• William Gaver, Andy Boucher, Michail Vanis, Andy Sheen, Dean Brown, Liliana Ovalle, Naho Matsuda, Amina Abbas-Nazari, and Robert Phillips. 2019. My Naturewatch Camera: Disseminating Practice Research with a Cheap and Easy DIY Design. Paper 302, 13 pages. – Gaver et al. detail a DIY nature camera, shown in partnership with a BBC television series and built by over 1000 people. Interestingly, while similar tools could be used for citizen science efforts, the authors are clear that they are instead trying to create a type of public engagement with research that focuses on creating more intimate types of encounters, and engaging people with less technical expertise in making. The cameras help create intimate “encounters” with local wildlife (plus the paper includes some cute animal photos!).
  • Sandjar Kozubaev, Fernando Rochaix, Carl DiSalvo, and Christopher A. Le Dantec. 2019. Spaces and Traces: Implications of Smart Technology in Public Housing. Paper 439, 13 pages. — Kozubaev et al.’s work adds to a growing body of work questioning and reframing what the “home” means in relation to smart home technology. The authors conduct design workshops with residents (and some managers) in US public housing, providing insight into housing situations where (1) the “home” is not a single-family middle class grouping, and (2) the potential end users of smart home technologies may not have control or consent over the technologies used, and are already subject to various forms of state surveillance.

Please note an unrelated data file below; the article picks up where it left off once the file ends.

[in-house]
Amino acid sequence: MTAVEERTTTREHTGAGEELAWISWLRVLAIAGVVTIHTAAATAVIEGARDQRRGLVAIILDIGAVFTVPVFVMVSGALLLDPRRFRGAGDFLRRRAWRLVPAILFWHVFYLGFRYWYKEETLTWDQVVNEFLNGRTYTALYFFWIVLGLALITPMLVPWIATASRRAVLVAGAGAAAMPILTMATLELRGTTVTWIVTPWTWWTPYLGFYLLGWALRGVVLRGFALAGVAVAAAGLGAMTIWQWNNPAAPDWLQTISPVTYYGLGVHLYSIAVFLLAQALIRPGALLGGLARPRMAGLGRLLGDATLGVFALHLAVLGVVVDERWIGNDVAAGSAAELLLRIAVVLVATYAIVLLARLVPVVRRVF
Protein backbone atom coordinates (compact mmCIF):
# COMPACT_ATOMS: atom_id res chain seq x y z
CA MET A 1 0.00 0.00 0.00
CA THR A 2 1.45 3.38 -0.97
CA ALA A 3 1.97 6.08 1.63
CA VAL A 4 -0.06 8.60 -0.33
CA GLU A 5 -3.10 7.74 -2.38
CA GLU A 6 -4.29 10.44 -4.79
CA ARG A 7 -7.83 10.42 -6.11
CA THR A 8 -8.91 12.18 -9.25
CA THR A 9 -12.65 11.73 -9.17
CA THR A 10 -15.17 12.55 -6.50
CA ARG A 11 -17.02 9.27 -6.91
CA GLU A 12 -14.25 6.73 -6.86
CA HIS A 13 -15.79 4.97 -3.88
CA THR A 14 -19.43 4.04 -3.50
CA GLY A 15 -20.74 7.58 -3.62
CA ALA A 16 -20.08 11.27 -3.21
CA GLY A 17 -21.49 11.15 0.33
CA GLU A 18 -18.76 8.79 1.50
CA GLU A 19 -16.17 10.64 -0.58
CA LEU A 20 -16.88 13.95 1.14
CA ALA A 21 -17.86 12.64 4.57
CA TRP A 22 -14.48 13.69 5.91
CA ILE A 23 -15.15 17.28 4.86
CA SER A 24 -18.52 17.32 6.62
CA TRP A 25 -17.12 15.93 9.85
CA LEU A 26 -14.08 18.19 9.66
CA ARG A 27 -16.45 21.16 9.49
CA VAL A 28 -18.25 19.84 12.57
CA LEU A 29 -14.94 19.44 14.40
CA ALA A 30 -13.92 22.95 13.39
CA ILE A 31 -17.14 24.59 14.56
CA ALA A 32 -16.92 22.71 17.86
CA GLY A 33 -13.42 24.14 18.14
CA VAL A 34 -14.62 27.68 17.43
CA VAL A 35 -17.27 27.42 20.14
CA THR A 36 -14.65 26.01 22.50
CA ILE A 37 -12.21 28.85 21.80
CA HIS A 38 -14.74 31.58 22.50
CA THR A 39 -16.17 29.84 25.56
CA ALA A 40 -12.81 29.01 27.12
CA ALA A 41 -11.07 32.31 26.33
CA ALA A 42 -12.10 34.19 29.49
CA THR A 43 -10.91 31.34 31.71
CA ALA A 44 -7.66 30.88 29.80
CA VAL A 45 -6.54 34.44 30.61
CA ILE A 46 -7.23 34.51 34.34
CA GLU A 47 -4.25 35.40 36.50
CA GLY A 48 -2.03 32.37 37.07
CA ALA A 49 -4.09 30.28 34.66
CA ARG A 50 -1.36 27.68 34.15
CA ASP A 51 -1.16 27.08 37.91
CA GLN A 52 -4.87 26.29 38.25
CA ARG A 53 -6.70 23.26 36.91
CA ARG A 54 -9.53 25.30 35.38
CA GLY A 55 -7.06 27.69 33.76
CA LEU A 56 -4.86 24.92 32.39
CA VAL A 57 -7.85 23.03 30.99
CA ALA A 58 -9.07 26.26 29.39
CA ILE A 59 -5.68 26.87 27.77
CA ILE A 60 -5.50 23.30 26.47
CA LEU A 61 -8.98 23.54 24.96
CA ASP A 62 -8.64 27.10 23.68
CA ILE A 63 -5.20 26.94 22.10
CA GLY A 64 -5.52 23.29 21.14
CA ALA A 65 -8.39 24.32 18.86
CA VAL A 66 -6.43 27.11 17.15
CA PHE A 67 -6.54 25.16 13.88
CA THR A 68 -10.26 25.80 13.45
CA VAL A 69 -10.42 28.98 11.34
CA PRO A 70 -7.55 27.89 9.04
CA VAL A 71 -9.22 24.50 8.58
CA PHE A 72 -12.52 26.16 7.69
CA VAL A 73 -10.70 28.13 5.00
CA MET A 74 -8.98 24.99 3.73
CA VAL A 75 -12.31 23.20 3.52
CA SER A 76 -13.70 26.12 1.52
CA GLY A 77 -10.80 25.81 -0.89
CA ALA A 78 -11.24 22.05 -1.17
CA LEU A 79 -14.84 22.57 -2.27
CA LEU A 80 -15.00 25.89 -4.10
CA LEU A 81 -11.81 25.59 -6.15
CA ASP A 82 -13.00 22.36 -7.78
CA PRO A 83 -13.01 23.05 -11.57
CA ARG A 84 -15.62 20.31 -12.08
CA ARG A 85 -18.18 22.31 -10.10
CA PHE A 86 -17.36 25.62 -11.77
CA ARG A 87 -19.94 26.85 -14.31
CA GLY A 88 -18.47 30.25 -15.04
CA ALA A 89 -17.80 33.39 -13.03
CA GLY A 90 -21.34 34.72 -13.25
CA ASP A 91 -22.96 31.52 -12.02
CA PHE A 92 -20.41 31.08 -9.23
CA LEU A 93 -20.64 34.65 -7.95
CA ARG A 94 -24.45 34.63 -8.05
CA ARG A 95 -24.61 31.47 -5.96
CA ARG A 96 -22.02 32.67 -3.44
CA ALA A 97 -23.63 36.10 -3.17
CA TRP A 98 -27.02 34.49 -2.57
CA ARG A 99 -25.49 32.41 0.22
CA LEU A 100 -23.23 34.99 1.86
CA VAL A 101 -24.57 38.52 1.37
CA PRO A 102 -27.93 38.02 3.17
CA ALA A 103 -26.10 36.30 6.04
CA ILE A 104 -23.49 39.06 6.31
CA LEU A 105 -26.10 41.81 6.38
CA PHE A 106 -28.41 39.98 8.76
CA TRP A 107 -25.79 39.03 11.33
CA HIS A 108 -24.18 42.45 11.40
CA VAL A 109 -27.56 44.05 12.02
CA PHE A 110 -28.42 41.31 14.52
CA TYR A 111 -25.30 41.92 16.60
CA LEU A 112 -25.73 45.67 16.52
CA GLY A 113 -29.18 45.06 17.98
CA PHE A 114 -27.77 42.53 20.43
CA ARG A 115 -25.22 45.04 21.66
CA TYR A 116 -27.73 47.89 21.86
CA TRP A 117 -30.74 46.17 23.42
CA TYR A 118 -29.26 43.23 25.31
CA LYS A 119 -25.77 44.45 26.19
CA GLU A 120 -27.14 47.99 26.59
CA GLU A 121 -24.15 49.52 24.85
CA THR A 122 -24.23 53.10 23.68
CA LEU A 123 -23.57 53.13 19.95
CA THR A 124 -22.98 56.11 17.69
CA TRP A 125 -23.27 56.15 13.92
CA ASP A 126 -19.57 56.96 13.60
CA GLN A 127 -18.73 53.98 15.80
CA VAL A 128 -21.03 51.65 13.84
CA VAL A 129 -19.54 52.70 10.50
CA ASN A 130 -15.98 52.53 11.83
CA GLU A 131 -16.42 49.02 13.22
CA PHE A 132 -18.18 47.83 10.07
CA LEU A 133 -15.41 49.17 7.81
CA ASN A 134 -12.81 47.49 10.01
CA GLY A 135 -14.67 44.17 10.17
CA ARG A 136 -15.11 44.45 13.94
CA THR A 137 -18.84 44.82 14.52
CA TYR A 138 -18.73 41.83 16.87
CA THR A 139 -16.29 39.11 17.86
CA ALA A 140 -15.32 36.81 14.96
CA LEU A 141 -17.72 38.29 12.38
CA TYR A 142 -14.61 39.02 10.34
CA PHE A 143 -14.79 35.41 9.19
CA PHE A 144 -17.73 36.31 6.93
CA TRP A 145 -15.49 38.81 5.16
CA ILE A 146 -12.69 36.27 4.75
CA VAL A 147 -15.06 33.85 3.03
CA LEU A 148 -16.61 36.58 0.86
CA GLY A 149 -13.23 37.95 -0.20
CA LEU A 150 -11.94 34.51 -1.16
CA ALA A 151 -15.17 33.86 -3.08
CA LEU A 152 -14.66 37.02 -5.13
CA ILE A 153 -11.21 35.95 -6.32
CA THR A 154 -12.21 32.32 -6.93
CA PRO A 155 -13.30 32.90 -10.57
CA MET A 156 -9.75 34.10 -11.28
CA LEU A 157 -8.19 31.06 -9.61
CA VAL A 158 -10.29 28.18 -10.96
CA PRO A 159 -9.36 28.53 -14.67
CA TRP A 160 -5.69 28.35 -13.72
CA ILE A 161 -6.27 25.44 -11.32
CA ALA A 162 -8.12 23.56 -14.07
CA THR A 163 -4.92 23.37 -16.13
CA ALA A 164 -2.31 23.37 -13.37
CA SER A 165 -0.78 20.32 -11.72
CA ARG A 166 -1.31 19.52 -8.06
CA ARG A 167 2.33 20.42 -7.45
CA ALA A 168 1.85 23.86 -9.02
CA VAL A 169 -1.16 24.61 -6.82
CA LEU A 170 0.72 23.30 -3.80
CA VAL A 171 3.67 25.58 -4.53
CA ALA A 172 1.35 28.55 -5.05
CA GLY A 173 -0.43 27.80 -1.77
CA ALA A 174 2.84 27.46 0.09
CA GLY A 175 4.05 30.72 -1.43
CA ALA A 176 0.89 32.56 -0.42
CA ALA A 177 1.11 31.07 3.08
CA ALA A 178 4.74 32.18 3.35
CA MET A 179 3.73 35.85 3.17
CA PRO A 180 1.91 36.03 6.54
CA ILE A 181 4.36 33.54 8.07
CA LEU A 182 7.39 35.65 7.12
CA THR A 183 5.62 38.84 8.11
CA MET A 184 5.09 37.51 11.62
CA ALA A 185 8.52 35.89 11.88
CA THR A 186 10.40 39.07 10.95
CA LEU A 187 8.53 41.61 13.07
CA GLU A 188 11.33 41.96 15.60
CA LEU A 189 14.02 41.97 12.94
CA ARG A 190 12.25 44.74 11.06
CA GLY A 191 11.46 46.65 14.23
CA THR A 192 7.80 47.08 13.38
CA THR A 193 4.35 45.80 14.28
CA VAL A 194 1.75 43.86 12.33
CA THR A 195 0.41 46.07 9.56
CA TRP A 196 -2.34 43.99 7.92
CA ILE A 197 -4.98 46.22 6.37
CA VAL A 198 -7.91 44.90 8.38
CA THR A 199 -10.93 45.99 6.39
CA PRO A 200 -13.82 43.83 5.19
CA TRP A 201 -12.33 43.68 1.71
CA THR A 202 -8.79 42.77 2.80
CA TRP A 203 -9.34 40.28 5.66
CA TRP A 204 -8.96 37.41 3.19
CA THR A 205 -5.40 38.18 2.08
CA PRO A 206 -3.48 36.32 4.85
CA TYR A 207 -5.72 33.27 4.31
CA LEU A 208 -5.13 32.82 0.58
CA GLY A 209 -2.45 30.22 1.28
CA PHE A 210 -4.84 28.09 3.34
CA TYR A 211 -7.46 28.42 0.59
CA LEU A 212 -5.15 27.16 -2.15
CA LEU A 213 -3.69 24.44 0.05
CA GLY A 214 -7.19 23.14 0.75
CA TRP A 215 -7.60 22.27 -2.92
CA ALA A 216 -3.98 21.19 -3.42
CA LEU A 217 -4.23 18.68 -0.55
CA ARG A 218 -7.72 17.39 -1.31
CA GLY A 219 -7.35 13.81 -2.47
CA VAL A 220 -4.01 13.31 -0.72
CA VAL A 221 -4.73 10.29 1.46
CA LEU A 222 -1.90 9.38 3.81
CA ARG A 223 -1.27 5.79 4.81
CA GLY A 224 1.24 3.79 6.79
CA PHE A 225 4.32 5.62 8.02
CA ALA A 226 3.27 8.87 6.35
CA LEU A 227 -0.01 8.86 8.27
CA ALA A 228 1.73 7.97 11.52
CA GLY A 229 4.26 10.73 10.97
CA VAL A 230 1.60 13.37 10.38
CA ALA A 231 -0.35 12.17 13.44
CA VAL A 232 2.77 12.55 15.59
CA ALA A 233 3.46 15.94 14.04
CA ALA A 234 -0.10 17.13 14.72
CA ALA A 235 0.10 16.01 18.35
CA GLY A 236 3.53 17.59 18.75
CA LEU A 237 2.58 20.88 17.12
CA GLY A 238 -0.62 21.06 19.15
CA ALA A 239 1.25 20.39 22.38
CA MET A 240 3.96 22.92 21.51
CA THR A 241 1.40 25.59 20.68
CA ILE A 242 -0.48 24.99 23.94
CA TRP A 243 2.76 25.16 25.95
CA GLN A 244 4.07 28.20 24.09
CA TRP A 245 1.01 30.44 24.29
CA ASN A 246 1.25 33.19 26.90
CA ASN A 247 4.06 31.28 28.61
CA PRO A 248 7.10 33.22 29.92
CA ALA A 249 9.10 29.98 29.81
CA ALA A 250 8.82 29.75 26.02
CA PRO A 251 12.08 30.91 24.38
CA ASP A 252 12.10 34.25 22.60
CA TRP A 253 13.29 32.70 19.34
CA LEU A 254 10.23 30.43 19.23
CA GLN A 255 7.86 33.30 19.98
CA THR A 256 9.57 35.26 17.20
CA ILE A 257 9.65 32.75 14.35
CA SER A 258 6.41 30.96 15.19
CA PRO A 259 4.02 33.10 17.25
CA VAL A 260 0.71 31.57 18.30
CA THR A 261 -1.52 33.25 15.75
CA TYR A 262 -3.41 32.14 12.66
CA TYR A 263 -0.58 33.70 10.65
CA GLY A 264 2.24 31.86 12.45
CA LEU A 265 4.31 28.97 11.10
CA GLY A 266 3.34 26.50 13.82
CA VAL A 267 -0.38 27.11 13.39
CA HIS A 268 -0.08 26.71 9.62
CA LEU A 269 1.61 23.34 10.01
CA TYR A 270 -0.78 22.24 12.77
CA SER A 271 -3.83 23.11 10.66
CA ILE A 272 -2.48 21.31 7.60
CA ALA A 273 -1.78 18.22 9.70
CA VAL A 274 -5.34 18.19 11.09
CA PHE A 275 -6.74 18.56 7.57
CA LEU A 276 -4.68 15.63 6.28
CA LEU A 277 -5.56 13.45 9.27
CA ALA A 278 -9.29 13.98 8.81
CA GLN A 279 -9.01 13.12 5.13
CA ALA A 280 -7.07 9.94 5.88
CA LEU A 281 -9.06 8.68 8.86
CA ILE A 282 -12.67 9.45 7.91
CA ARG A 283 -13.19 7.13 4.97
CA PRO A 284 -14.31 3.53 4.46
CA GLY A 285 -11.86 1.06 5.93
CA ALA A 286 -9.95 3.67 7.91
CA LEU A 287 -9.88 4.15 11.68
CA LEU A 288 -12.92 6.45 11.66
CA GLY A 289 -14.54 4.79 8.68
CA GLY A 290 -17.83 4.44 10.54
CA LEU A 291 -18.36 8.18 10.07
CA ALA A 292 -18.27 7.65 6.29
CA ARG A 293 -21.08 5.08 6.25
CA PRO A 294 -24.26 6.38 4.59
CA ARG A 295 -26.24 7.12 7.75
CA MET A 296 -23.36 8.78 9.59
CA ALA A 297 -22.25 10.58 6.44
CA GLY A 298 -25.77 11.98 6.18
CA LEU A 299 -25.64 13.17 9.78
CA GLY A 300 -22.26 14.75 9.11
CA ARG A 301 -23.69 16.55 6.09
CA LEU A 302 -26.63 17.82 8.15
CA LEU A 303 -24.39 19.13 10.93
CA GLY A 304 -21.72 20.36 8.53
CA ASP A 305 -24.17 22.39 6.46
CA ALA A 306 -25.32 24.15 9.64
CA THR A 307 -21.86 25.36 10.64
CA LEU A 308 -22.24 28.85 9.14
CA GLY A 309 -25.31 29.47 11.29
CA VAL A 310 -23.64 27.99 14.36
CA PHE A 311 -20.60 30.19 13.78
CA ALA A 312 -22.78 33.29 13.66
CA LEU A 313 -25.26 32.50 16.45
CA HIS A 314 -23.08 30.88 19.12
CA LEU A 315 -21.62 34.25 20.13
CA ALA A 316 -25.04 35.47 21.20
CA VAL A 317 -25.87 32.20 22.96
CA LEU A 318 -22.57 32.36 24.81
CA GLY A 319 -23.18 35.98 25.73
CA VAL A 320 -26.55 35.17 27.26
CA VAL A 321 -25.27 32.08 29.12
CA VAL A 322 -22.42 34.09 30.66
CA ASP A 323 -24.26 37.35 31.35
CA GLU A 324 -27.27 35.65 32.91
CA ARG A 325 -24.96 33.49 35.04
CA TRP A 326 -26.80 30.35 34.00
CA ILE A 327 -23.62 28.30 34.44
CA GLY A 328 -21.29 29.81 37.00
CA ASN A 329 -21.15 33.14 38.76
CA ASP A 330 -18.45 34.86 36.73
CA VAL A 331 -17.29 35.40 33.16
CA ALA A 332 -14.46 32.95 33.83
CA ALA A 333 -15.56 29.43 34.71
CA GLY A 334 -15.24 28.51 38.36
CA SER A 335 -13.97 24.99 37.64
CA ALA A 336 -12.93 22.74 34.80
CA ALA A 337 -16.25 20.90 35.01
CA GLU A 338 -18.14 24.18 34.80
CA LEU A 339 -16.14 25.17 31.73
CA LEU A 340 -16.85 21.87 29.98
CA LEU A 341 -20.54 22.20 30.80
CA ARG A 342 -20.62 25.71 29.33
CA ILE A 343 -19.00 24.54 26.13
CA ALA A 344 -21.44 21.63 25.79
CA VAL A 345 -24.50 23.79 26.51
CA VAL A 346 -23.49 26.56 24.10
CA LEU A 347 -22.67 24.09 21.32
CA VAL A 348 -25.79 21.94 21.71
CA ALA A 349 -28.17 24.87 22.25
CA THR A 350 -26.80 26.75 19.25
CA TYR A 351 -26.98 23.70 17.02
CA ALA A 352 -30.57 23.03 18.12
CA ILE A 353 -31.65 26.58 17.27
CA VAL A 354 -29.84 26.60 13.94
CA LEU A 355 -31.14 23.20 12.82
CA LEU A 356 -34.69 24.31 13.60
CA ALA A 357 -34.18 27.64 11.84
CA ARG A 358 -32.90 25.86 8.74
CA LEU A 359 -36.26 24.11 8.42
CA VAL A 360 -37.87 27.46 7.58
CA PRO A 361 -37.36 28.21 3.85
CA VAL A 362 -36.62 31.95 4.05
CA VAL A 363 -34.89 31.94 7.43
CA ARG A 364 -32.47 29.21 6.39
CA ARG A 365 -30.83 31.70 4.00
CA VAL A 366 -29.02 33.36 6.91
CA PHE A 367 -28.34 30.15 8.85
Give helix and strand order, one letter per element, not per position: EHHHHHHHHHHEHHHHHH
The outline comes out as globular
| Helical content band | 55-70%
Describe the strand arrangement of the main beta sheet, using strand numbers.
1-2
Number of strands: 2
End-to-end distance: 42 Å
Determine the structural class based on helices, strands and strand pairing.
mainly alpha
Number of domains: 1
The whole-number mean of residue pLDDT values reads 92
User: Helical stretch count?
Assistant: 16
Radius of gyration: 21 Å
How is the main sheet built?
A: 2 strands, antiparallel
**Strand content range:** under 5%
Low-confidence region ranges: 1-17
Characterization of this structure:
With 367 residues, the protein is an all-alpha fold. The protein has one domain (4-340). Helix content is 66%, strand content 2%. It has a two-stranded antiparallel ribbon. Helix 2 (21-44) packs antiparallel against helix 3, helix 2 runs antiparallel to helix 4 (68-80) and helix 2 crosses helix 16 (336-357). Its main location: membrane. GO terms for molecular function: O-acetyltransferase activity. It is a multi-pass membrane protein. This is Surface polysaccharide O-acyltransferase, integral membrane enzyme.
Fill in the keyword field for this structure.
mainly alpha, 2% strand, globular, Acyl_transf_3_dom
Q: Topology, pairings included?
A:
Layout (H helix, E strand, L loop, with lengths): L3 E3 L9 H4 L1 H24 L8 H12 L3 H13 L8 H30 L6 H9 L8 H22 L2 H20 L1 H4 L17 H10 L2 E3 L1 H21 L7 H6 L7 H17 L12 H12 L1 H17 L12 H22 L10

• Shruthi Sai Chivukula, Chris Watkins, Lucca McKay, and Colin M. Gray. 2019. “Nothing Comes Before Profit”: Asshole Design In the Wild. Paper LBW1314, 6 pages. — This late breaking work by Chivukala et al investigates the /r/assholedesign subreddit to explore the concept of “asshole design,” particularly in comparison to the concept of “dark patterns.” They find that asshole design uses some dark pattern strategies, but that dark patterns tend to trick users into doing certain things, while asshole design often restricts uses of products and more often include non-digital artifacts. I think there may be an interesting future regulatory discussion about asshole design (and dark patterns). On one hand, one might consider whether dark pattern or asshole design practices might fit under the FTC’s definition of “unfair and deceptive practices” for possible enforcement action against companies. On the other, as some legislators are introducing bills to ban the use of dark patterns – it becomes very important to think carefully about how dark patterns are defined, and what might get included and excluded in those definitions; the way that this work suggests a set of practices related to, but distinct from, dark patterns could help inform future policy discussions.